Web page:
Pitzer En Route
Responsibly Engaging the Unfamiliar
Pitzer College doesn’t expect students to conform to a certain identity either in Claremont or abroad. It gives them space to be who they are while helping them engage people and ideas very different from what they are familiar with in order to challenge that identity—to “startle them into alertness,” as writer Virginia Woolf said. They become skilled at connecting in dialogue with a plurality of people and hearing new narratives that challenge them to rewrite their own stories, to re-examine what they often take for granted in their everyday lives in the U.S., and to see the world and their lives in it from a perspective of greater possibility.
Educational philosopher Maxine Greene said that the more continuous and authentic personal encounters can be the less likely categorization and distancing will take place. People are less likely to be treated instrumentally, to be made “other” by those around. And, in turn, they may experience a sense of freedom for association and possibility that comes from engaging different people as who, not what, they are. Through the Study Abroad program, students are regularly obliged not just to observe or encounter the unfamiliar but responsibly engage the unfamiliar—to make meaning from that engagement and to know better who they are as a result.
Pitzer faculty have particular talent for imagining these creative learning environments. In Spring 2007, the first groups of students will be selected to participate in Global Communities Seminars that link courses taught on campus in the Spring semester with courses taught abroad at our Study Abroad sites in the summer. Professor of Psychology Mita Banerjee, for example, will have students in her “Children at Risk” course in spring conduct field research with children in settings in Southern California. In the summer, she will teach a course with selected students in Botswana focusing on children orphaned by AIDS. Key to the paired courses is the notion of excellence in undergraduate research conducted with a view to understanding that research within different sociocultural contexts at home and abroad. While in Botswana, seminar participants will also take a course on “Entering Communities Abroad: Language and Culture,” taught by the faculty of the Pitzer in Botswana program. Students will live with host families in Gaborone.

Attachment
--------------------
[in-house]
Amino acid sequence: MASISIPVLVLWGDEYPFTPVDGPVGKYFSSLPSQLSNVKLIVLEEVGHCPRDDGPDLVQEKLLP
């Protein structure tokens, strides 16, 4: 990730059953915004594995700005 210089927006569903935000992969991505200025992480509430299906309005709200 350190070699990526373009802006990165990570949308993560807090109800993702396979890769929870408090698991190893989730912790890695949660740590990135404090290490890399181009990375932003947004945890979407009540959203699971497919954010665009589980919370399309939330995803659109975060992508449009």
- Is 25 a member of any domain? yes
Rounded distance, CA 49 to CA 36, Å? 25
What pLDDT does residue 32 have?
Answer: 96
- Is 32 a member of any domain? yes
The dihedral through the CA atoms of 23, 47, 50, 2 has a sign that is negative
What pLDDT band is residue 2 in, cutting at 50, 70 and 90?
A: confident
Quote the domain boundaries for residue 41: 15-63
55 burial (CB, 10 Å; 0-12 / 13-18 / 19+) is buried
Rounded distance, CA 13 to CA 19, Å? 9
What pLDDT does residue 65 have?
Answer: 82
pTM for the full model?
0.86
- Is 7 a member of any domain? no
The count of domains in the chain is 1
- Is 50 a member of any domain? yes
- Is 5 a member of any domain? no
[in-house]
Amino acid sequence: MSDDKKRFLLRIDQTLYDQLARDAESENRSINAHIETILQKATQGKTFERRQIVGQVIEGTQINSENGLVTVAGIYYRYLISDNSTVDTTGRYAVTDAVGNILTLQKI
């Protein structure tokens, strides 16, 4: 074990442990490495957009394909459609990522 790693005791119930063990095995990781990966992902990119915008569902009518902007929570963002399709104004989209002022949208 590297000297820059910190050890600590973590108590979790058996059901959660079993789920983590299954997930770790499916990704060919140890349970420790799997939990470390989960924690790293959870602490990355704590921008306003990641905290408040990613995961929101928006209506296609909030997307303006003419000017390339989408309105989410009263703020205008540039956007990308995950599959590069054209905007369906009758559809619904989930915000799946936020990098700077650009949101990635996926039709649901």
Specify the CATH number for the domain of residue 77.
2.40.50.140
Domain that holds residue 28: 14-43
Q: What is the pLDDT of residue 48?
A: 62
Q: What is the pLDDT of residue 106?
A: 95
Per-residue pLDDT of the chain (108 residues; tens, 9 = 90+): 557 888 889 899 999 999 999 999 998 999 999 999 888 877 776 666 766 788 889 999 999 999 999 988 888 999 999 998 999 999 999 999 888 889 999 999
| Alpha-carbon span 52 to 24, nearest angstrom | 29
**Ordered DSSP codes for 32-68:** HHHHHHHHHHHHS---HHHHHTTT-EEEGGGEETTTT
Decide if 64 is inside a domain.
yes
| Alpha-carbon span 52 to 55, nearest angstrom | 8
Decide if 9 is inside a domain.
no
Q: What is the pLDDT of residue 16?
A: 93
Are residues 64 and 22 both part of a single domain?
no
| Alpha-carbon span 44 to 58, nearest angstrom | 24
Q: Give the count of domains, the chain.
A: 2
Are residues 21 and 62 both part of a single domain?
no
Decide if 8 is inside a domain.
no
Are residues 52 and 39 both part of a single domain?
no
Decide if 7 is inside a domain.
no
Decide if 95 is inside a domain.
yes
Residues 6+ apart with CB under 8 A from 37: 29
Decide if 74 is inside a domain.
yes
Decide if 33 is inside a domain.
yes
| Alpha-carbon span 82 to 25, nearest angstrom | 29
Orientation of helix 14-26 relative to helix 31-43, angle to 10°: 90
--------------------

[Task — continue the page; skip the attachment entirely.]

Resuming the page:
Working across disciplines and across cultures, Professors Katie Purvis-Roberts (Chemistry) and Cheryl Baduini (Biology) are supervising the first latitudinal Pitzer Undergraduate Research Abroad Project (URAP) on water pollution. Jenny Aleman Zometa ’07 completed water sampling at the Firestone Center for Restoration Ecology in Costa Rica this summer as part of the Joint Science Department- funded summer research projects and is now in Pitzer in Botswana doing a similar project as her Directed Independent Study Project in the Okavango Delta. Results will be published in Pitzer Study Abroad’s new on-line Journal of Undergraduate Research Abroad scheduled to debut in Spring 2007.
Philosopher Merleau-Ponty writes about routes being given to us, “an experience which gradually clarifies itself, which gradually rectifies itself and proceeds by dialogue with itself and others.” International students doing “study abroad” at Pitzer are en route, focusing on community-based engagement and research that helps them explore issues in the U.S. On exchange from the University of Adelaide in Australia, Jonathan Burrows joined a team of Pitzer students to help with relief efforts in New Orleans after Hurricane Katrina. Waseda University students from Japan will be examining slices of American life through a new course on “Directed Research in American Culture,” taught by Instructor Lissa Petersen. The course will combine ethnographic research with an internship in local organizations including sites such as the Jocelyn Senior Center, Oakmont Elementary School, Foothill AIDS Project and the Claremont After School Program.
In Fall 2007, eight to ten students from Kobe Women’s University (KWU) Department of Global-Local Studies will spend seven months at Pitzer exploring Claremont and Los Angeles with a focus on humanitarian aid organizations. To celebrate this inaugural year of the program, KWU has generously provided a full scholarship for a Pitzer student to attend a Humanitarian Aid Seminar in Summer 2007 in Kobe, Japan.
We thank the many alumni that have contacted us over the past year with recommendations for connecting with community projects or undergraduate research possibilities abroad, including Margaret Ann ’94 and Henry ’91 Escudero now in Panama, David Wells ’79 with contacts in Thailand, and Anne Klemperer ’89 in France. We welcome the opportunity to hear from more of you; please contact email@example.com and visit our new and improved Web site at
—Carol Brandt, vice president
for international programs